Float gold or “floated gold” livened up life in the Old West with the ability to turn any man or woman rich — or turn any man or woman into a pauper. As the name implies, it was gold which had washed (floated) down from the mines in mountains into the streams and creeks. Mining float gold was done by “placer mining”: Using dredges, pans, sluices and other hydraulic methods to separate the grains and nuggets of gold from the sand and gravel along and inside of streams and rivers throughout the West. Placer miners let the water do the work, saving a lot of back-breaking labor with picks and shovels and mining carts dragging ore up from the earth, for sure.
Placer mining for float gold was attractive for many reasons
If you think about it, placer mining for float gold was attractive for a number of reasons:
1. Less physical labor than digging gold out of the ground at a gold mine.
2. Less outlay for mining equipment and mining supplies.
3. Easily done, therefore, by men, women, and children in many areas of the West.
Of course, as with anything related to gold in the Old West, there were serious risks. Whether digging gold out of the ground or sluicing it out of a river, gold deposits were tricky to find and generally in rugged areas. There was always hardship from nature, wild animals, and Indians. In addition, other prospectors and people willing to take advantage of prospectors may pose threats to the most honest and determined gold seekers.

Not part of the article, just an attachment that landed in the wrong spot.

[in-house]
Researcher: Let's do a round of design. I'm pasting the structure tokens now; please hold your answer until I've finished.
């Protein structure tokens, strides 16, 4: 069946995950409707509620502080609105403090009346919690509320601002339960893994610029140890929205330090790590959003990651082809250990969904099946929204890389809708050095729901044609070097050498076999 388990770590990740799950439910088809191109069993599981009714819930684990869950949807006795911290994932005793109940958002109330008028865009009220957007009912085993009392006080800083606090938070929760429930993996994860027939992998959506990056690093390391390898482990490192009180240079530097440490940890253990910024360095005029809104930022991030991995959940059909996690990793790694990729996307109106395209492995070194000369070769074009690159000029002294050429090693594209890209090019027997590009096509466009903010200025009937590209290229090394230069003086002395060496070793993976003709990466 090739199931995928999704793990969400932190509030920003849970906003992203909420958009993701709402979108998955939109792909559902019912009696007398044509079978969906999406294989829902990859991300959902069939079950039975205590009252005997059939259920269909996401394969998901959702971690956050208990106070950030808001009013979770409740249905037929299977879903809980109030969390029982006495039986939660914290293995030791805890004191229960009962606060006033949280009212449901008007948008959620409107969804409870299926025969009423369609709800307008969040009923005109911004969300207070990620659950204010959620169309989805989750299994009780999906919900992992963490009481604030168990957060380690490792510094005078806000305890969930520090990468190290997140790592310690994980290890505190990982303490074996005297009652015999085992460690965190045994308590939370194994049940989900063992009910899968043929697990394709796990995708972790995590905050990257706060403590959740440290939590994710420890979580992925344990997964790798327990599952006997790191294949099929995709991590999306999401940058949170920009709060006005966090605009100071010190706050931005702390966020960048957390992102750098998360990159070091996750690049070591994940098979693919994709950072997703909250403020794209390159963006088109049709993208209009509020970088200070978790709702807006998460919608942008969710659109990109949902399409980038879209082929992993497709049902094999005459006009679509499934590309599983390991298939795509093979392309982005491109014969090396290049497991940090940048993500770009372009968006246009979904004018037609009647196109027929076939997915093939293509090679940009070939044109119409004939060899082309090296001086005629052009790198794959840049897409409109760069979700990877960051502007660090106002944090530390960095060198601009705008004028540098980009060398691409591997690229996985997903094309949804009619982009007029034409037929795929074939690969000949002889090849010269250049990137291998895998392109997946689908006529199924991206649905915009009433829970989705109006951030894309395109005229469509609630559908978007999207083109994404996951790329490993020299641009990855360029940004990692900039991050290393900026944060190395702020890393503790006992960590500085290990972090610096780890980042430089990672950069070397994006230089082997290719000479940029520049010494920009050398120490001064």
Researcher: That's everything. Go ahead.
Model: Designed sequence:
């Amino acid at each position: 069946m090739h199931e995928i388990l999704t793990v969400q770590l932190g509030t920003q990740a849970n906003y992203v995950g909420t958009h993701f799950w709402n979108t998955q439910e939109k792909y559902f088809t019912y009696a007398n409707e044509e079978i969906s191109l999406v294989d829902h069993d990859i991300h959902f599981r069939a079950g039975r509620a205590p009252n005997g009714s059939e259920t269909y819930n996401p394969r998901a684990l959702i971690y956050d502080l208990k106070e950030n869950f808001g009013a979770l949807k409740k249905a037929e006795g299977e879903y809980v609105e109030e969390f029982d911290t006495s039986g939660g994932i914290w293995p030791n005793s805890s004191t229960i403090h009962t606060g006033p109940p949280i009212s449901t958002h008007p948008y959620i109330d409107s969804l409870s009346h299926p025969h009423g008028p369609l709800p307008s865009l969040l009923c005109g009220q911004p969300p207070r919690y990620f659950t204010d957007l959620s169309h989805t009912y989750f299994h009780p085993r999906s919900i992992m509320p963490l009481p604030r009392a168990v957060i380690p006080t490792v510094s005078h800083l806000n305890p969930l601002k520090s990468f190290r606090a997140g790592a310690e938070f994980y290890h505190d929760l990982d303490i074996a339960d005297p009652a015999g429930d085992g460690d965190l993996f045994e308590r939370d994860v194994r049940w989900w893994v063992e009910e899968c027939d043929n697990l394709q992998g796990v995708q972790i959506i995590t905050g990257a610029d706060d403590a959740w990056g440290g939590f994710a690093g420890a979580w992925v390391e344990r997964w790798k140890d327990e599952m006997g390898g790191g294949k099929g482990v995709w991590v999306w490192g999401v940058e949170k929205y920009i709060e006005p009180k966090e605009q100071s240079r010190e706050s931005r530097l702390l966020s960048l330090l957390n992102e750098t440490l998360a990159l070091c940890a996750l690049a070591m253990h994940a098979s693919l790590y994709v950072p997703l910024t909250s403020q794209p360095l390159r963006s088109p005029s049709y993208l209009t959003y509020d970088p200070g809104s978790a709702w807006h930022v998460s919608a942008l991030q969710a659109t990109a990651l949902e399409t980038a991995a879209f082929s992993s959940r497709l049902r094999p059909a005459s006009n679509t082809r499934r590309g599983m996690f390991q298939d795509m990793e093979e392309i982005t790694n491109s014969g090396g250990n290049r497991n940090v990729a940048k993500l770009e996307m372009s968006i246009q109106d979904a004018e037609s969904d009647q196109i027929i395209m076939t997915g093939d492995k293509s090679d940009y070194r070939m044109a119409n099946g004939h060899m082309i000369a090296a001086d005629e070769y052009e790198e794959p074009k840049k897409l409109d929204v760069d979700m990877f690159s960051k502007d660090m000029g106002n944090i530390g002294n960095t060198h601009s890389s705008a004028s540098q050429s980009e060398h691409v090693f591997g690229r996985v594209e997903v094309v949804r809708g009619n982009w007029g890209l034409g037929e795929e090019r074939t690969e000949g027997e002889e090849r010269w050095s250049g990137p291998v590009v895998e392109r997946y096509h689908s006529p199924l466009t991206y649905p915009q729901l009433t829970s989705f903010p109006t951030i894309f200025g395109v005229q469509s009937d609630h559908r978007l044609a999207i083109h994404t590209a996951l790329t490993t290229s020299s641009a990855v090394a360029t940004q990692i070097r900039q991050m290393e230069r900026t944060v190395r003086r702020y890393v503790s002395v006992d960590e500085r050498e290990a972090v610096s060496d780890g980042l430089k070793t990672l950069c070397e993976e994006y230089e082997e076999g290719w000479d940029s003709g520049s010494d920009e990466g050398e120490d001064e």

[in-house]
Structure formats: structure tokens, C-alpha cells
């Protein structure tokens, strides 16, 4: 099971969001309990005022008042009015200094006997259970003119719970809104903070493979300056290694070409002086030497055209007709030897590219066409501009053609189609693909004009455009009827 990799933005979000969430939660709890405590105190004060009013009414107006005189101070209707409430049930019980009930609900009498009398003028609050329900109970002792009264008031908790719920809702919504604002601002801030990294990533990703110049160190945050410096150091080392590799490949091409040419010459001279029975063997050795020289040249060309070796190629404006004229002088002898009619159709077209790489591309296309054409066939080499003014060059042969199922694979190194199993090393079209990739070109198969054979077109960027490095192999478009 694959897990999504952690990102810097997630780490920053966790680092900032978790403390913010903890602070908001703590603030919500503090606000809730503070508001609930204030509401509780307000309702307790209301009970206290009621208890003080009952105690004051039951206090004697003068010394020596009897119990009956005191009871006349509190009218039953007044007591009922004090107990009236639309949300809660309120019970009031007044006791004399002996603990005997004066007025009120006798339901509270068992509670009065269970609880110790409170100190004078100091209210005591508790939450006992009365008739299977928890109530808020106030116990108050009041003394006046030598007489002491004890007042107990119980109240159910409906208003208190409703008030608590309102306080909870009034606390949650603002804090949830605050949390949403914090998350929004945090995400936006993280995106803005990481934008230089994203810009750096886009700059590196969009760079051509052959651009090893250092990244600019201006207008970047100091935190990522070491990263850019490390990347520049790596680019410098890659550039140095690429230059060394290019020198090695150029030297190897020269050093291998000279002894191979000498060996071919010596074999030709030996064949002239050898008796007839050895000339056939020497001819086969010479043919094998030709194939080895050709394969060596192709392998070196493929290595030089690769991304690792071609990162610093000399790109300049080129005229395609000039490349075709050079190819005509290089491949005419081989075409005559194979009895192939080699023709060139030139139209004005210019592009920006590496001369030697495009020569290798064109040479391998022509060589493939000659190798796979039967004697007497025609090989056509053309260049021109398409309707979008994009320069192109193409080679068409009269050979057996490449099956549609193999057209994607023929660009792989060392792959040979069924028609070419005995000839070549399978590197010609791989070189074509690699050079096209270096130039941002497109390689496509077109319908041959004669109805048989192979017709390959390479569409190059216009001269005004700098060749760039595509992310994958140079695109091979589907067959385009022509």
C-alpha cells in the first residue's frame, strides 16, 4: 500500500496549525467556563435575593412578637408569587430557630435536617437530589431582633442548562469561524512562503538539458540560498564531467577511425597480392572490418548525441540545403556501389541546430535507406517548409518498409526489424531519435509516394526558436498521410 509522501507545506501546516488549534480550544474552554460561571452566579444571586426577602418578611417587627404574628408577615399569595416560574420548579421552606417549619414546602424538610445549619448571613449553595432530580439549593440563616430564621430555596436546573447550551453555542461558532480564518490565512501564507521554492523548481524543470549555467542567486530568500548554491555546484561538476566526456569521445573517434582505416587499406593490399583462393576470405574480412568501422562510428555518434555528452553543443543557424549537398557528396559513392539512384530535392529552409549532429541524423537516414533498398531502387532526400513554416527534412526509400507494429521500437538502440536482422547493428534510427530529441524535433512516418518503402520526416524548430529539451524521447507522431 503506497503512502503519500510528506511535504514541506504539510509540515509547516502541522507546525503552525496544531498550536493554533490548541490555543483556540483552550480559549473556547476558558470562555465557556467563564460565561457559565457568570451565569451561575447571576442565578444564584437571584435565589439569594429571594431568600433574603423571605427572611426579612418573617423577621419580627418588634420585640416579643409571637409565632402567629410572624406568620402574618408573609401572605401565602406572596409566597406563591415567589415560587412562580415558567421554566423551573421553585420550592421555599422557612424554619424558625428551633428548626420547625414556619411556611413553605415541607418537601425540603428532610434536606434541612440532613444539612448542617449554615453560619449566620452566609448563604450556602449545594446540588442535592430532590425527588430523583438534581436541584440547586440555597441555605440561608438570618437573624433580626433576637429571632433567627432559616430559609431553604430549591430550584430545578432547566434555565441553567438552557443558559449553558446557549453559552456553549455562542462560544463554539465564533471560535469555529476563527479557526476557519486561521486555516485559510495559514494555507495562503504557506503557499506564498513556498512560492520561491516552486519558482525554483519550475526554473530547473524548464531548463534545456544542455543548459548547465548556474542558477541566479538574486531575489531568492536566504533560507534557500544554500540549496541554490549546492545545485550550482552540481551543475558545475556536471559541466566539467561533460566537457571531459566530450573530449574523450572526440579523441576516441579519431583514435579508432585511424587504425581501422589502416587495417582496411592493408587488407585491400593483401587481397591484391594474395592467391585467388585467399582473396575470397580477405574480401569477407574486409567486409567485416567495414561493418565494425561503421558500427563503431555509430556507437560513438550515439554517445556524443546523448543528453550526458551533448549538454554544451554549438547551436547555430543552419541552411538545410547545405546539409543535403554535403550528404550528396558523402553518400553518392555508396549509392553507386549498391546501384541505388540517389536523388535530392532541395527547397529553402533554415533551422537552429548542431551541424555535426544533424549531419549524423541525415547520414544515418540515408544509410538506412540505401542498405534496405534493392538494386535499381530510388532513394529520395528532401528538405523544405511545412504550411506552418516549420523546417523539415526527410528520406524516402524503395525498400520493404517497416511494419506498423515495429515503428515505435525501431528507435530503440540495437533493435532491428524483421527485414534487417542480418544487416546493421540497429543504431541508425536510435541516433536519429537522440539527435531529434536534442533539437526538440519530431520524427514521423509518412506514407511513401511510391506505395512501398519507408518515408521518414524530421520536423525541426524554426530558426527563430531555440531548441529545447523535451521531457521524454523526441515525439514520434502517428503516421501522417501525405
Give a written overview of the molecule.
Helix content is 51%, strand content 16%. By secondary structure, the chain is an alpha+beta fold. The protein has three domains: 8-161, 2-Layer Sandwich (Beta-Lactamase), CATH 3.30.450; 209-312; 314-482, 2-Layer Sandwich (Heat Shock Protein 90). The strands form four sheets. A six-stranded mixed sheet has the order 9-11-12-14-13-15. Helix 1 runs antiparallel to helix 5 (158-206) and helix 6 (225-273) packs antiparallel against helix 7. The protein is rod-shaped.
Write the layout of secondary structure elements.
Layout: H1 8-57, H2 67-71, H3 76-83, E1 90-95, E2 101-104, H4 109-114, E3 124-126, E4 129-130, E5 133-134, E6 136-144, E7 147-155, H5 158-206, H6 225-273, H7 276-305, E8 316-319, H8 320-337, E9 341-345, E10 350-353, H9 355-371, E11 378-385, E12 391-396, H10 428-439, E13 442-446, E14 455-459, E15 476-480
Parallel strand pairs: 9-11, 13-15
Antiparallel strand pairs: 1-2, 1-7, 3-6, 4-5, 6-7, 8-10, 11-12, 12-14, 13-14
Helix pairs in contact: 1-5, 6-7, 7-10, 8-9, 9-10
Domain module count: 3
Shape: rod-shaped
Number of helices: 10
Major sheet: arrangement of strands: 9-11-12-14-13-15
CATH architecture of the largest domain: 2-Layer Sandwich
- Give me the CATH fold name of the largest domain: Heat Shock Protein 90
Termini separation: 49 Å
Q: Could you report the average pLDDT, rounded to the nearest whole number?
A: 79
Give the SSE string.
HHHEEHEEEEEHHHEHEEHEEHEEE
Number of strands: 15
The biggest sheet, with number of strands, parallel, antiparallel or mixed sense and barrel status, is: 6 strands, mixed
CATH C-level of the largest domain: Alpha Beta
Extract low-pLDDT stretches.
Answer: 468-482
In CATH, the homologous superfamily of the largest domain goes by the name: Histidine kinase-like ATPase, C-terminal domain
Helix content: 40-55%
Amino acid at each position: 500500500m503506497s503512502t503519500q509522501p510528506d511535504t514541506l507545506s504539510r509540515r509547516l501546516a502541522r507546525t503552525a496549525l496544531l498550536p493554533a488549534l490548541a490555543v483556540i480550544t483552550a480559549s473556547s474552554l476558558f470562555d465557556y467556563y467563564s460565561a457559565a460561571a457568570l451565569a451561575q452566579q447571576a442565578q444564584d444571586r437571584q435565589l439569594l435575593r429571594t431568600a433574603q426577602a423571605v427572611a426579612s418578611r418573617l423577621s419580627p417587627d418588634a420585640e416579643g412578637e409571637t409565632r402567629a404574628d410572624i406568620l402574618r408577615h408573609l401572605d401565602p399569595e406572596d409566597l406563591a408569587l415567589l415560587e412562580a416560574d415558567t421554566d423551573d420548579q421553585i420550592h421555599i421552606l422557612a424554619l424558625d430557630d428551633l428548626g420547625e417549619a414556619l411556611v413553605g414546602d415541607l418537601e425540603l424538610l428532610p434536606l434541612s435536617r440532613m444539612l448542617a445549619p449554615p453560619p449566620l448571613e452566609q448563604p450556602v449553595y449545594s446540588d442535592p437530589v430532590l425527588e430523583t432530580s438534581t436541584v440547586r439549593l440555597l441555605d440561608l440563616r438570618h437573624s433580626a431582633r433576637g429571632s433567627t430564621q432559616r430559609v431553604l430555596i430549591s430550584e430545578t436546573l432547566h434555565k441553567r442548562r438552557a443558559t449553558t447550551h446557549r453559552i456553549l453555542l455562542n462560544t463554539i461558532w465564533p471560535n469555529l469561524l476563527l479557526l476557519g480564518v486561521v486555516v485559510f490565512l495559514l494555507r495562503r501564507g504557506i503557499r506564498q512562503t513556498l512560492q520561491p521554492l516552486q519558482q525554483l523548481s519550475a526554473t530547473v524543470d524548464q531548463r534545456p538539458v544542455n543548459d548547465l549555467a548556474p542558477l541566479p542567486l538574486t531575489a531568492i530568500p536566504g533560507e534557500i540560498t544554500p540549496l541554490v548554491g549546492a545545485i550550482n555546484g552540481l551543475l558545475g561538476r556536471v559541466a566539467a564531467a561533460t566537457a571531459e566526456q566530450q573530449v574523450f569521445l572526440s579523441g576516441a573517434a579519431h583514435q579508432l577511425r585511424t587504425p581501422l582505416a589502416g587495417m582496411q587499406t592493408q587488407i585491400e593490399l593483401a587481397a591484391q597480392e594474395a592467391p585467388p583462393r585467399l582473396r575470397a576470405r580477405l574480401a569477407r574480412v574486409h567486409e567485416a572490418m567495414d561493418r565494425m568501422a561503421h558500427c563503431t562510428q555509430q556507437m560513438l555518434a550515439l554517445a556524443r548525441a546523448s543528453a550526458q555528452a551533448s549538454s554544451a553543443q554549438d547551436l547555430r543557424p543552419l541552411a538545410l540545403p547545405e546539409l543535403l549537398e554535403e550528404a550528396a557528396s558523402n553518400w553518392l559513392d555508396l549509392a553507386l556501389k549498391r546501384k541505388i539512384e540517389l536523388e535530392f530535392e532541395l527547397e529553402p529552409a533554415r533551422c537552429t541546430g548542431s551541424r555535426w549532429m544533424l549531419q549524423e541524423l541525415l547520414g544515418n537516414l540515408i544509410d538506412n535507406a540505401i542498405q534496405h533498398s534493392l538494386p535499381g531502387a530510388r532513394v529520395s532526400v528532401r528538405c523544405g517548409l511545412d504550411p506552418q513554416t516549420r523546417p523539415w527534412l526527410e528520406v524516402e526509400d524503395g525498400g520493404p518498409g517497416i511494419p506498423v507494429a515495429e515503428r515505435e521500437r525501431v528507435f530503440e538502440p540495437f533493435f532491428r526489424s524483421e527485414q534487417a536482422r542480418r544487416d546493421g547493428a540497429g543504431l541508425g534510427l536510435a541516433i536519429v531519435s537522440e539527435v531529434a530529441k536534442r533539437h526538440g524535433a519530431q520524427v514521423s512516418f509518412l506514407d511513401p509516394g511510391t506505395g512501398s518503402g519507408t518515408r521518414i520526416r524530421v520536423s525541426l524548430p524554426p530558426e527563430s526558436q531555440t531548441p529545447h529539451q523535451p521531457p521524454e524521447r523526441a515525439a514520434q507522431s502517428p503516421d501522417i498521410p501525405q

Gold prospecting, whether done with a pan or a shovel, was hard work. Though gold in the West served as a constant lure to draw immigrants to the region, few people saw their dreams of wealth come true. It’s been said that the enterprising merchants, saloon keepers, and others who helped mining towns and camps spring up all over the Old West generally profited more from the gold rush than the prospectors.
Such was life in the mining camps and placer diggings of the Old West, whether hard rock mining or sluicing for float gold.